With runs expected to decrease by about 0.1% and with imports expected to hold steady, I am expecting a modest decline in gasoline stocks. Gasoline stocks are expected to draw by about 1.3 million barrels, which would result in the gasoline year-over-year surplus to narrow to around 0.6 million barrels while the surplus versus the five year average for the same week will narrow to about 5.2 million barrels.
Distillate fuel is projected to decrease modestly by 6.0 million barrels on a combination of some weather demand as well as a decline in production. The latest NOAA weather forecasts are now showing a significant portion of the US expected to experience above normal temperatures for the rest of March. The forecasts are a negative for heating oil especially after the last several weeks of less than bullish inventory reports.
With the vast majority of the winter heating season now in the history books, heating oil stocks may also start to perform much like diesel stocks have been over the last several months and that is to start into a premature inventory building pattern as the latest weather forecast almost guarantees that the net withdrawals from inventory for the rest of the official winter heating season will likely come in at below normal levels. If so the inventory building season may get a bit of a jumpstart in starting to replace the volume consumed this year. If the actual EIA data is in sync with my distillate fuel projection inventories versus last year will likely now be about 6 million barrels above last year while the overhang versus the five0year average will be around 23.1 million barrels.
Net result the US continues to remain well oversupplied of just about everything in the oil complex with supply expected to remain robust for the foreseeable future. The major wild card for distillate fuel over the next three to six months will be how much additional diesel fuel is going to be required by Japan. It is likely that Japan's import requirements for diesel fuel will increase strongly once the nuclear situation is stabilized and the country enters into the rebuilding and reconstruction phase especially with a large percentage of the refining capacity in Japan shut in.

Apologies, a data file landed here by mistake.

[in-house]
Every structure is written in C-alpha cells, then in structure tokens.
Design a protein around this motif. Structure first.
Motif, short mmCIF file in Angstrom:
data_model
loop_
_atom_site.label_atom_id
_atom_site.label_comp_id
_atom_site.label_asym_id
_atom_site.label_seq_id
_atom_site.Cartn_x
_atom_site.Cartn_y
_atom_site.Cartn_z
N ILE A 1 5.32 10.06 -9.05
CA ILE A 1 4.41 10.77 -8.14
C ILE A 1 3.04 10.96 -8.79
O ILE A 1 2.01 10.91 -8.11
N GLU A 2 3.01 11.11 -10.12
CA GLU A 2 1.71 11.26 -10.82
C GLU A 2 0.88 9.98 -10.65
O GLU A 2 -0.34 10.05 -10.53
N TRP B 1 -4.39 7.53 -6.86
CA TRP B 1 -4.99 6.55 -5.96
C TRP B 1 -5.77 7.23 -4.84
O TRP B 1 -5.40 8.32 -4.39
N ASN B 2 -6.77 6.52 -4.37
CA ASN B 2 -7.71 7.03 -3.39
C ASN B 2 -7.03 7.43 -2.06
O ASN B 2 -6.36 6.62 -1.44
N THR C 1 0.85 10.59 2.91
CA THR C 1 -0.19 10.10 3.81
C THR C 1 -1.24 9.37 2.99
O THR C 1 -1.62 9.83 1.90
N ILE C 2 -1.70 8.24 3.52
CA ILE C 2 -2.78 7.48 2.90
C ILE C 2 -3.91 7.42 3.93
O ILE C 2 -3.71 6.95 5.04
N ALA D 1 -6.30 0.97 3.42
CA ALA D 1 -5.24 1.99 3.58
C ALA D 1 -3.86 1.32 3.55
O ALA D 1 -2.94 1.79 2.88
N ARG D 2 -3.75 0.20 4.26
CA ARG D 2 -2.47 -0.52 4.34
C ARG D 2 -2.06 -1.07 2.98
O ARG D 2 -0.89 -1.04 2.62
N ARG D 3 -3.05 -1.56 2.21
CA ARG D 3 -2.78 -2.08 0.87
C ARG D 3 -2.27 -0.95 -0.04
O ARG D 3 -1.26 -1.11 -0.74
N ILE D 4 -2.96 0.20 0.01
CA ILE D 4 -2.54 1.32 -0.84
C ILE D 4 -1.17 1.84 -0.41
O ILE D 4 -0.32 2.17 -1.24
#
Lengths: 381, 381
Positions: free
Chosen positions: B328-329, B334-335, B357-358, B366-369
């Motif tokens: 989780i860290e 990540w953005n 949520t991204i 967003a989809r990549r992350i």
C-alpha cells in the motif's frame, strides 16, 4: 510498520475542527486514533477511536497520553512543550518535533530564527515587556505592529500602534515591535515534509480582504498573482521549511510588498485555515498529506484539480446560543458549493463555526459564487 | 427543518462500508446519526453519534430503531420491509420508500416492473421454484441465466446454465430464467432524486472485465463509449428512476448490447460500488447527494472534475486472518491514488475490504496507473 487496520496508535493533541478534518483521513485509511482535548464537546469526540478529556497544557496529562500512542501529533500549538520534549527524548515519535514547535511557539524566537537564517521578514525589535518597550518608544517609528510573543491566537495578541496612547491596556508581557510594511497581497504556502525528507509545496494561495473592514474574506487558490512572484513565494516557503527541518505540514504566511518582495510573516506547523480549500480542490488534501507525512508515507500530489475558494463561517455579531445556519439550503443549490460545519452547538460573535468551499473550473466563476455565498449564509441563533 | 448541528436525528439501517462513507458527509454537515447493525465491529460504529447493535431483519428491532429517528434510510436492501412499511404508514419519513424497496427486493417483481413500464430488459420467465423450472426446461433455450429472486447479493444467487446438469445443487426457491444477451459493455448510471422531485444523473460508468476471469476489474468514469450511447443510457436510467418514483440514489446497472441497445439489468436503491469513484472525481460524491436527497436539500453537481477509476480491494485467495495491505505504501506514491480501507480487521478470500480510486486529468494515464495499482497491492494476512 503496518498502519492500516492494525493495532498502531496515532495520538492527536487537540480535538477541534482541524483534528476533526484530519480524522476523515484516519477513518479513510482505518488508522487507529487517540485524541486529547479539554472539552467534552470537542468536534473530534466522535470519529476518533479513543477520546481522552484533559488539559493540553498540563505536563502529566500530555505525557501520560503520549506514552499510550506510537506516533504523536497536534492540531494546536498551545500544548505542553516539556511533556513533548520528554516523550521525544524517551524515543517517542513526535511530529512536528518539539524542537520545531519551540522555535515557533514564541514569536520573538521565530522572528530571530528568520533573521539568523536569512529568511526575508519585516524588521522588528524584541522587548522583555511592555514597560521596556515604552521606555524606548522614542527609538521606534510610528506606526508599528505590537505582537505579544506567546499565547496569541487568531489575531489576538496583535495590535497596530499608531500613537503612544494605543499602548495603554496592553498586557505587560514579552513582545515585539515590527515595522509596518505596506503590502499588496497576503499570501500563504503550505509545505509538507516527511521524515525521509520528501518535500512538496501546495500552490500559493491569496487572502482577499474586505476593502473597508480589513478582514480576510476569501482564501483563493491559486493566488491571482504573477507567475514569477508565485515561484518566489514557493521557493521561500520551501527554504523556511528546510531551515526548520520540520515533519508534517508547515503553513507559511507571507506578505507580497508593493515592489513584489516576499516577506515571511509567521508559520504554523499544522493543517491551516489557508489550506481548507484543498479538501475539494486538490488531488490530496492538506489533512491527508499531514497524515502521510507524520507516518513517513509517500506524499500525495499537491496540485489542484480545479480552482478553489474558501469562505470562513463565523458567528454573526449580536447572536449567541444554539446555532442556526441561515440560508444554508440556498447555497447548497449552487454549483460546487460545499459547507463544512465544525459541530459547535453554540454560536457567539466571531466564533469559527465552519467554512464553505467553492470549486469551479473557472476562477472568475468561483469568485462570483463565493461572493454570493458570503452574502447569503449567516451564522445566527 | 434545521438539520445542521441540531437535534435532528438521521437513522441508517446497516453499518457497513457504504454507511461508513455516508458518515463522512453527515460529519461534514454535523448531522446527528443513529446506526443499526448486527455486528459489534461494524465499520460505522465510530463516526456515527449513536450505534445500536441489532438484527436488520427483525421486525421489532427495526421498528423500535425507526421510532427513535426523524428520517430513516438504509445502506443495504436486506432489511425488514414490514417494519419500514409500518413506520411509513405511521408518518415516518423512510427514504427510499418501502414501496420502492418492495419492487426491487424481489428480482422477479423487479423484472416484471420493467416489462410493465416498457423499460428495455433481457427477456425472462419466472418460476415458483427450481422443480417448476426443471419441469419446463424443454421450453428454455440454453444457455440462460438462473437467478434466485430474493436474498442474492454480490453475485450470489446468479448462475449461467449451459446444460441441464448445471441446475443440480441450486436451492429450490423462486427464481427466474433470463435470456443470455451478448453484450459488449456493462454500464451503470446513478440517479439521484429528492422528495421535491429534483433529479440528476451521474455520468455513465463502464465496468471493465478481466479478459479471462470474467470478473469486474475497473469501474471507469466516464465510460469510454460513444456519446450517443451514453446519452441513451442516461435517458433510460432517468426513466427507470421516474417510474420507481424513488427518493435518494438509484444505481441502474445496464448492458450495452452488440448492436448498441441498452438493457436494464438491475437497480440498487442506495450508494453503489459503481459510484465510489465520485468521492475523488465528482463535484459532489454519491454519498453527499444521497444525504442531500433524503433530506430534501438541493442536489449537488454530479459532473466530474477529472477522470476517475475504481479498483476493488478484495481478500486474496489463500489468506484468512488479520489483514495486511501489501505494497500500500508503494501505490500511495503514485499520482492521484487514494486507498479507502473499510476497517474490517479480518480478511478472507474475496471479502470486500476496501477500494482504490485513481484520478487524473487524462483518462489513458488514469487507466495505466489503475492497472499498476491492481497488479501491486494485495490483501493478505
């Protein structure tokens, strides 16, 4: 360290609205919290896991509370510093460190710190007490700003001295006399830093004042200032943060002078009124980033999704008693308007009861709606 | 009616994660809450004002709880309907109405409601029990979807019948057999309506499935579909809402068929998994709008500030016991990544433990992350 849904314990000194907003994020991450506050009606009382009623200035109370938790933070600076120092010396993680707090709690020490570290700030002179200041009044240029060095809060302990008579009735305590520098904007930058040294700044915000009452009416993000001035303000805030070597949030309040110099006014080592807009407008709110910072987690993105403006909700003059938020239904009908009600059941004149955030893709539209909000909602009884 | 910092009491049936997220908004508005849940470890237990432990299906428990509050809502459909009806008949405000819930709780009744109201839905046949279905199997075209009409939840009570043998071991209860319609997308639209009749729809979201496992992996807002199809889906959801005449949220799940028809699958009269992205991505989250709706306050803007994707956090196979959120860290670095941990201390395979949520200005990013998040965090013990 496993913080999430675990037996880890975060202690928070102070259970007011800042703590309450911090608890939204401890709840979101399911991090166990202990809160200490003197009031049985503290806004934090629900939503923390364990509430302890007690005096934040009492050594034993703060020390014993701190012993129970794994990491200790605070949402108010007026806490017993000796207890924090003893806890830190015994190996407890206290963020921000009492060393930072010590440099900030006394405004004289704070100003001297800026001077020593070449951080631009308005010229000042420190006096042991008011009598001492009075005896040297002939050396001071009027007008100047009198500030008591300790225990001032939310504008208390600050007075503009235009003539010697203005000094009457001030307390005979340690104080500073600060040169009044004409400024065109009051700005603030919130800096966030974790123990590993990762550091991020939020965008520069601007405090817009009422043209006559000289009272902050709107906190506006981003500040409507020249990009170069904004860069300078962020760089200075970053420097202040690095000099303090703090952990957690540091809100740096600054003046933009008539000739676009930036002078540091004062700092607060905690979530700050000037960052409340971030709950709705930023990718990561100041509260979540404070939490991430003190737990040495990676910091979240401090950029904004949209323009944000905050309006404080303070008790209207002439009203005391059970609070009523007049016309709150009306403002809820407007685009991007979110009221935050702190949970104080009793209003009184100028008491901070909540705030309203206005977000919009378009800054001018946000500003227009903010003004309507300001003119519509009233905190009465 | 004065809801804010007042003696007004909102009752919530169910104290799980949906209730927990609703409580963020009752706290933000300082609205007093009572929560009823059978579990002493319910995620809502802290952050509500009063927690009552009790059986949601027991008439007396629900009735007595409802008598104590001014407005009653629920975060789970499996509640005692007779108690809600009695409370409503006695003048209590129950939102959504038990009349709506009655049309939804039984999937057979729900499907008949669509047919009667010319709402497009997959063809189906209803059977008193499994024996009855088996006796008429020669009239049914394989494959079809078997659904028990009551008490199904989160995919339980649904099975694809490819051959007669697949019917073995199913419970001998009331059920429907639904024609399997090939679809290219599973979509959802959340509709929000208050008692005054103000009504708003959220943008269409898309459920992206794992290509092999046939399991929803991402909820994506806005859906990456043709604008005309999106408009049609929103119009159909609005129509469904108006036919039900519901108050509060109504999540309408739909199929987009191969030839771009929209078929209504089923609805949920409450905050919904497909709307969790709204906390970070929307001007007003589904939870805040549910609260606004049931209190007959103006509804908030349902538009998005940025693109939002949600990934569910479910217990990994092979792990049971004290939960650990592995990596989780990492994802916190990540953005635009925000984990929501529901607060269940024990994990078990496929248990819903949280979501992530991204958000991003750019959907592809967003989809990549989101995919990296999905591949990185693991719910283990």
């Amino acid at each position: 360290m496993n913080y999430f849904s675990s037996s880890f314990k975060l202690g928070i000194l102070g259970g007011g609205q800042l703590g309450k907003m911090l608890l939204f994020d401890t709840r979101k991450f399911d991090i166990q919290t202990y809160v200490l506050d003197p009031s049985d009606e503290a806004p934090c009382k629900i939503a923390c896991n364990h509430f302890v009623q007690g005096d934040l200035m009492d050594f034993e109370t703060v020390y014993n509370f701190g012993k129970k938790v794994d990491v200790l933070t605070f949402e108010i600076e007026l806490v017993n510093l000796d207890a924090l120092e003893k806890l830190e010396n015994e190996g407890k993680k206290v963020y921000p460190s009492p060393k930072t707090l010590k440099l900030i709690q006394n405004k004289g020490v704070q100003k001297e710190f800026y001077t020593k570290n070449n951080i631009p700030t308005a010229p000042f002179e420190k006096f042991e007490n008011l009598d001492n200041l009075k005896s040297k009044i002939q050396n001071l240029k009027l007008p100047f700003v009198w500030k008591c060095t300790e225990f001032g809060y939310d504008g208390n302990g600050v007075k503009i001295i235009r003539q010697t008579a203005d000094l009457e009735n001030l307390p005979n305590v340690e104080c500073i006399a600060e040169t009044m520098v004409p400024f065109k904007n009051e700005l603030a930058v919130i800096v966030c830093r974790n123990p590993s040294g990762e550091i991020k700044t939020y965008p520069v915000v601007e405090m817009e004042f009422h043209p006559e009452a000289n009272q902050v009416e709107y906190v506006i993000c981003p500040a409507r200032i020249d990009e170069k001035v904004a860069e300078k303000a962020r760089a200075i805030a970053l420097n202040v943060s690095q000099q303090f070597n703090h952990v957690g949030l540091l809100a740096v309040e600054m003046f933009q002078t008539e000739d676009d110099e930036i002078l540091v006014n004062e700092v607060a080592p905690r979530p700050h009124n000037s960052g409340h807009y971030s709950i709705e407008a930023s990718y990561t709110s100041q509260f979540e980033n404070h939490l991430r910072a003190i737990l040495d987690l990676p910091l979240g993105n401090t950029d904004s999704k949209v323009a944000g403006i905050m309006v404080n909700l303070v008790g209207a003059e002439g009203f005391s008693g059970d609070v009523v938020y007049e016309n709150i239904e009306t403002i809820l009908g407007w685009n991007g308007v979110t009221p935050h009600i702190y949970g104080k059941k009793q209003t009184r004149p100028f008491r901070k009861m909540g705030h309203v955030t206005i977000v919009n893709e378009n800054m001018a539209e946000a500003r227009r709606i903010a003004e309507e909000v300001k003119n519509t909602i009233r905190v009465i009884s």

As usual do not overreact to the API data as the EIA report will be released in a few hours. The API report more often than not it is not in line with the more widely followed EIA data. If the EIA report is within the projection I would expect the market to view the results as neutral as total commercial stocks of crude oil and refined products combined are likely to have decreased only marginally. However, if the EIA data is more in line with the API data the market will likely view it as neutral or non-event from am macro overview and a negative for WTI versus Brent. Whether or not the market reacts at all to the inventory report will be dependent on what is going on with the Japanese disaster as well as the evolving situation in North Africa and the Middle East and how much the macro issues will offset any of the individual micro drivers like supply & demand.
My individual market view is detailed in the table at the beginning of the newsletter. I am maintaining my view at neutral and my short term bias at cautiously bearish even as the market experiences a bit of a short covering rally so far today. Barring an uprising in Saudi Arabia oil prices may have peaked for the short term as the risk premium slowly declines.
I am maintaining my Nat Gas view and bias at neutral as I still think the Nat Gas market is still range bound as the market navigates through the rest of the winter heating season.
Currently most all asset classes are firm as shown in the EMI Price Board table below.
Dominick A. Chirichella